Pasta, Noodles, and Dumplings The Book

54. Herbed Spaetzle p.241

No recipe for this one.

This recipe was a bit of a disaster. As disaster’s go it tasted quite good, but the result bore little resemblance to the recipe description. The Book says

“The tiny drop-style German dumplings called spaetzle are juged by their lightness, and these practically take flight”

My efforts yielded large, dense, and doughy dumplings that no German would have recognized even as a failed attempt at spaetzle. The recipe is fairly simple, a dough of flour, salt, eggs, and milk is lightly brought together. Then the dough is worked through the holes of a colander over a pot of simmering salted water, and the resulting dumplings are boiled for 5 minutes, then tossed with butter, chives, parsley, dill, salt and pepper.

My issue came with getting the dough into the simmering water. I put the dough in the colander which is part of my set of pots. It fits snugly into the top of the pot I had the simmering water going in. I began working the dough through, at first everything was fine, and I made a few 1/4 inch dumplings. As I continued working though, the heat of the simmering water and steam began to cook the dough in the colander, and it gummed up all the holes. I ended up having to force partially cooked stuff through the colander, where it globed together into tablespoon size dumplings for me to scrape off the back. Anyway, I cooked the resultant dumplings longer than recommended, and they were fine, but not spaetzle.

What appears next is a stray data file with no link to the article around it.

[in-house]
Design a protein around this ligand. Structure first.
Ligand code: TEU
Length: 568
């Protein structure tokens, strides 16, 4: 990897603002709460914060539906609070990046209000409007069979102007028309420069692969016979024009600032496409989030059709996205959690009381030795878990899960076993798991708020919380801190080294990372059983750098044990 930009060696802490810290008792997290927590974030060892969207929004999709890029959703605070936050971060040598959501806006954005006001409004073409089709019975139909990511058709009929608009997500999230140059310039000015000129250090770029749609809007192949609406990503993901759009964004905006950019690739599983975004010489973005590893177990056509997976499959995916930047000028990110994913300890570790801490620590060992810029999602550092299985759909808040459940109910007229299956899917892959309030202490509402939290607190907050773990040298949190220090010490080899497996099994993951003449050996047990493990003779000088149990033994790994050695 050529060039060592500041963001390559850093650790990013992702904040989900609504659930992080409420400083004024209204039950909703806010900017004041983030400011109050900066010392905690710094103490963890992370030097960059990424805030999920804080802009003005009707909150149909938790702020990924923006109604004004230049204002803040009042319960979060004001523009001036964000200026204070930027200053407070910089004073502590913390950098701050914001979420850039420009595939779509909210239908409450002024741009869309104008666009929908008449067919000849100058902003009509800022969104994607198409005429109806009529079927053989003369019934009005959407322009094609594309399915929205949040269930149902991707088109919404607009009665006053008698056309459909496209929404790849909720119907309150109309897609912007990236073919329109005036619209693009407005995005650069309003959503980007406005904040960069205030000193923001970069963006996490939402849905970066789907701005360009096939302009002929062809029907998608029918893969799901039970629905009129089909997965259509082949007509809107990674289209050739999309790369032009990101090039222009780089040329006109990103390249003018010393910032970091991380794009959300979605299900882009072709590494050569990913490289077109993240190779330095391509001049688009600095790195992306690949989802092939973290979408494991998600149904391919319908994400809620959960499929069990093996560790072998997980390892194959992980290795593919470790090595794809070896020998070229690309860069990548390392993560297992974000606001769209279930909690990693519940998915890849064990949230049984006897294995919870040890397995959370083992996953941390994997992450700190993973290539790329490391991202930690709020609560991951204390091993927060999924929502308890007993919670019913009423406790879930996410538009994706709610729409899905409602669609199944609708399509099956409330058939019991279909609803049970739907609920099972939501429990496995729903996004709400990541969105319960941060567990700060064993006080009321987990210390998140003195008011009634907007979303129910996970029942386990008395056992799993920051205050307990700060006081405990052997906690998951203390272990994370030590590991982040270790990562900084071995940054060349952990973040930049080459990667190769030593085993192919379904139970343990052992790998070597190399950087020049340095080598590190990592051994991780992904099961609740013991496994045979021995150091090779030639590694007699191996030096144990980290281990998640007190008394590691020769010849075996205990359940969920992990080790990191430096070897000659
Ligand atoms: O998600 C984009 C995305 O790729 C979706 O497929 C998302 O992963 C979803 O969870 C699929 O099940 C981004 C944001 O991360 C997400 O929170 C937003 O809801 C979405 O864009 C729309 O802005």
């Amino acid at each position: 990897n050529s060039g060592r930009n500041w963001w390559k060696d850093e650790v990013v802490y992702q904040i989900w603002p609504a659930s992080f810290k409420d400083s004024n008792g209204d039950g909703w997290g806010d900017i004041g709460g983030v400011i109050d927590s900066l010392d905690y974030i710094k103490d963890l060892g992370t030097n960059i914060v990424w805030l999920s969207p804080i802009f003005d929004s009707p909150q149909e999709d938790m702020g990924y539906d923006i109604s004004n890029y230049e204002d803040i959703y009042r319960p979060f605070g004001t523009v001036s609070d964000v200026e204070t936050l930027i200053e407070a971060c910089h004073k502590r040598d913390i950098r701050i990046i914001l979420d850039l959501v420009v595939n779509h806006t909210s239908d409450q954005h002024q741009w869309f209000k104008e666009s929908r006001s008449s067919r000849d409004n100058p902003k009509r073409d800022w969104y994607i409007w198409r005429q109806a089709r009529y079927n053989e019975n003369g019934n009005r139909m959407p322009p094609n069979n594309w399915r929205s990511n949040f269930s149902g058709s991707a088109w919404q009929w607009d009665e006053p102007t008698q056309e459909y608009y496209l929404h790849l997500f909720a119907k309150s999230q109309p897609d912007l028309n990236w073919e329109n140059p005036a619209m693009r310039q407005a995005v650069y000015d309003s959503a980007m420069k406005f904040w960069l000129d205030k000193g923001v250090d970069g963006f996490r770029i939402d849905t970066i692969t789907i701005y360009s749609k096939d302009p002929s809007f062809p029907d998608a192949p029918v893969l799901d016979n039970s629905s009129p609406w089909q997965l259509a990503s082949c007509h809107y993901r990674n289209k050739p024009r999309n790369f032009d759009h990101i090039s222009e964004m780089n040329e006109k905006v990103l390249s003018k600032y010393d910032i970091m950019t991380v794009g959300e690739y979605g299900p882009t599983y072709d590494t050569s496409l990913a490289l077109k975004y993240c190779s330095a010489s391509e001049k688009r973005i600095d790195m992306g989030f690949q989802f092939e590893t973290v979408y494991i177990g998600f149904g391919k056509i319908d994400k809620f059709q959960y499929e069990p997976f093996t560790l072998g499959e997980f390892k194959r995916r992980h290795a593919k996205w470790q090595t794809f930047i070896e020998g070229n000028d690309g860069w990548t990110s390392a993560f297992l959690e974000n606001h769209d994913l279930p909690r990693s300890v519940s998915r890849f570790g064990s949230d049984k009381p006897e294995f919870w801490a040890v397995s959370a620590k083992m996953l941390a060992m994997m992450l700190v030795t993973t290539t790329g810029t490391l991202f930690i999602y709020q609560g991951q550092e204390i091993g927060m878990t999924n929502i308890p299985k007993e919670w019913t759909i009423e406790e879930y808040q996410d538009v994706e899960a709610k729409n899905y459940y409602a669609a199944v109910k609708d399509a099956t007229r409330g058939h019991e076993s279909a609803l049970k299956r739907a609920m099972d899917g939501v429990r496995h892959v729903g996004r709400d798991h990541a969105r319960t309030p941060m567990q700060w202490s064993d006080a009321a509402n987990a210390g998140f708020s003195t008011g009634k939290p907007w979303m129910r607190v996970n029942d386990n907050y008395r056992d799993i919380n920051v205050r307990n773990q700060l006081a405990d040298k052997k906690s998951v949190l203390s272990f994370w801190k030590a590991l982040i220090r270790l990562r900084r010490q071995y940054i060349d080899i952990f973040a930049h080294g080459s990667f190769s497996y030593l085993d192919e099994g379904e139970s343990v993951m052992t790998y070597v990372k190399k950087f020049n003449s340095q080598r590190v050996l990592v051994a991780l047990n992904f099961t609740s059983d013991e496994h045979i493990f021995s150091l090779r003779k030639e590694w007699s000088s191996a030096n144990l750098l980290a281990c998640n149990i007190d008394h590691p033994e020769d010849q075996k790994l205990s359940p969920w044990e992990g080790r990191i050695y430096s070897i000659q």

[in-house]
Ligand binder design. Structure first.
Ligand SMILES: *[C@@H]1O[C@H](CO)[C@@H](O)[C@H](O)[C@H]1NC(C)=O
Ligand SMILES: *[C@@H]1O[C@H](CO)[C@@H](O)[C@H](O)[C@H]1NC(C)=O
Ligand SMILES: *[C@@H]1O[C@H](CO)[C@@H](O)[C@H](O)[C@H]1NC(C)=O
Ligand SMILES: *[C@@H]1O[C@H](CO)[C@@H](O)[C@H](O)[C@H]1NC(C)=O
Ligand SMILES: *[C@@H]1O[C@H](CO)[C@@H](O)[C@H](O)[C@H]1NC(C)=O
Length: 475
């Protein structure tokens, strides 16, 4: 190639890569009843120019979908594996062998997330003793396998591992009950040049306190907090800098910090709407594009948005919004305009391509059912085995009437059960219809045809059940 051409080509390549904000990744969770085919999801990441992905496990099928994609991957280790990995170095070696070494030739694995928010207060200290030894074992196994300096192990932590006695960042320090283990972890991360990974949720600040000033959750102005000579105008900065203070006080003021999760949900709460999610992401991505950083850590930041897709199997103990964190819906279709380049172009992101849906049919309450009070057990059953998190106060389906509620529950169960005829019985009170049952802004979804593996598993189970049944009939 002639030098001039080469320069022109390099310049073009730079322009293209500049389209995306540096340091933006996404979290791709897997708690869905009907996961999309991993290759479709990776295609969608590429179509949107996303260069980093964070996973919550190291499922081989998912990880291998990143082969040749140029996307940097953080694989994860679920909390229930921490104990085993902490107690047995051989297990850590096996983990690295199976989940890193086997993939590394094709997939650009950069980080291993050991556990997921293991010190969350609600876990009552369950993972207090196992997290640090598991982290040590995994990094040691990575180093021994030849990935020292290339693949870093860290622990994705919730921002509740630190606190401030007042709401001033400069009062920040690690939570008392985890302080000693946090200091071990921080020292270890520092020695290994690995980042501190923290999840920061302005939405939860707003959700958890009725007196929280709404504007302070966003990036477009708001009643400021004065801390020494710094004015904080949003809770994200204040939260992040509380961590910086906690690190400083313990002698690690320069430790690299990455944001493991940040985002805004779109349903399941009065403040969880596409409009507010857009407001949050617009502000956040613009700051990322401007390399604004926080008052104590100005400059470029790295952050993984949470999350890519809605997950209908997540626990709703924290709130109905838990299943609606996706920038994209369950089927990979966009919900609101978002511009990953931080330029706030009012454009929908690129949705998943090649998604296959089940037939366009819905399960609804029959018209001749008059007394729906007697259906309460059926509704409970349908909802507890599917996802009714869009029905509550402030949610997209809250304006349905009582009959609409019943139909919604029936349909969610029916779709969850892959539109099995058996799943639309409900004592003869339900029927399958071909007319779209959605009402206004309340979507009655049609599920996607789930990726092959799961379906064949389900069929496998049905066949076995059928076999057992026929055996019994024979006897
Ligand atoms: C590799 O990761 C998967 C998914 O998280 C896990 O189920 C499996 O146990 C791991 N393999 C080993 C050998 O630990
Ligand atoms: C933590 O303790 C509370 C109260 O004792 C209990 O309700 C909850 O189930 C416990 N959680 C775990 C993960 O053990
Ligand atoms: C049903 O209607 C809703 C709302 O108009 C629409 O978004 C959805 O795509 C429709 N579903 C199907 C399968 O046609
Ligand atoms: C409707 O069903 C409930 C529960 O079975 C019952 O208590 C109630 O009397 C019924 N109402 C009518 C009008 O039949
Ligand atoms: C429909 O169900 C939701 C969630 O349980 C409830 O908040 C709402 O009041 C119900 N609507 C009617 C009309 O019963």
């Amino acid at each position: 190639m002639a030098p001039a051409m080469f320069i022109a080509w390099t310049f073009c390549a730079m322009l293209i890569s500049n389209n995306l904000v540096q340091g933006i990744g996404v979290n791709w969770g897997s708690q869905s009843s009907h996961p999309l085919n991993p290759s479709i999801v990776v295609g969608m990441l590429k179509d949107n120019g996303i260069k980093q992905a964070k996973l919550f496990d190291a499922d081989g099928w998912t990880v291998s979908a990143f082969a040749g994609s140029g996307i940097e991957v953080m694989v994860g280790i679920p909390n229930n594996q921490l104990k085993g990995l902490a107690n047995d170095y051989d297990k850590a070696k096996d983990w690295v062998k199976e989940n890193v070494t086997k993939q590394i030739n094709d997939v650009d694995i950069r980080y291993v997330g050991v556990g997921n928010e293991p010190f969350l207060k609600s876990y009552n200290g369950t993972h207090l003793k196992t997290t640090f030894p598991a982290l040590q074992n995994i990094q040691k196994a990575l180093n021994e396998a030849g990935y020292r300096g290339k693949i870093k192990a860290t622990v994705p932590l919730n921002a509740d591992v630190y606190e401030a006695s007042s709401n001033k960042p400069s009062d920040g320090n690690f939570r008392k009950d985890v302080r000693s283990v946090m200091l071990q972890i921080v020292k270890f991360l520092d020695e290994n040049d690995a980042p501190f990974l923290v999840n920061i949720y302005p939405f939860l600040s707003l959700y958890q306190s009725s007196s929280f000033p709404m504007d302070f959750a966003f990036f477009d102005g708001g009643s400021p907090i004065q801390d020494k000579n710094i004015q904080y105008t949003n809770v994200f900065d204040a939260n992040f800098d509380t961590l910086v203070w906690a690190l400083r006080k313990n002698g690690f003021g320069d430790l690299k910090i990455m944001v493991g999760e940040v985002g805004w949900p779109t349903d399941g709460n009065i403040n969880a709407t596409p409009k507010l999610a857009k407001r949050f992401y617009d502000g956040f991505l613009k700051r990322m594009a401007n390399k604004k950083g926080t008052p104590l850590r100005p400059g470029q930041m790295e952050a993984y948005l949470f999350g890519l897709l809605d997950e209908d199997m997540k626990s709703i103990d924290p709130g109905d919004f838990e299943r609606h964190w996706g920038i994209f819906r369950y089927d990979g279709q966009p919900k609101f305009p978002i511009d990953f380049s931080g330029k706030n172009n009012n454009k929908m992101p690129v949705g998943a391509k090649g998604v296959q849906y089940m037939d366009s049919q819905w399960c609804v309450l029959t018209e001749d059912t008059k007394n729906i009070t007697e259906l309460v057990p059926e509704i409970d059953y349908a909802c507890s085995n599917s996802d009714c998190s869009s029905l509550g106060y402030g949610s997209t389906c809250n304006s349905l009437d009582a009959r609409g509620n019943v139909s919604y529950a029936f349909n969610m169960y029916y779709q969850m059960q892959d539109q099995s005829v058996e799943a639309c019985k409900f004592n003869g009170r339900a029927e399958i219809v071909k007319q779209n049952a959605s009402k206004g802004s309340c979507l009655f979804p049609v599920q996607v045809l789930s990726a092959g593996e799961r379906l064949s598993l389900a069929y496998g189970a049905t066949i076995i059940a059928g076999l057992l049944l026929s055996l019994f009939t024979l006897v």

The herb butter was a wonderful compliment to the dumplings, in fact the butter pretty much made the dish. I prepared this during the winter, and I really appreciated having my kitchen perfumed by the herbs as they were tossed with the hot dumplings.

I’m really unsure what went wrong with this recipe, but it just didn’t make any sense the way it was. Maybe the problem was in the shape of my colander? maybe I was supposed to hold the colander mid-air while I pushed the dumplings through? But that seems incredibly awkward. Piping the dumplings into the water would work, but it might be a bit slow. There is such a thing as a spaetzle maker, which I can only presume would do a better job. The poor man’s spaetzle maker suggested here isn’t an adequate substitute.


I'm a graduate student in Montreal. I spend most of my time studying drug addiction using brain imaging techniques. I'm also a foodie, exploring the culinary world both in and out of my kitchen.

2 replies on “54. Herbed Spaetzle p.241”

I asked my German mom for you, and though she never made it, she’s pretty sure that her friend uses a spoon. Hope hat helps.

Thanks. That sounds like a good strategy. I think this dish had loads of potential, and I’d be excited to try making it again, hopefully avoiding some of the pitfalls of the recipe as written.

Comments are closed.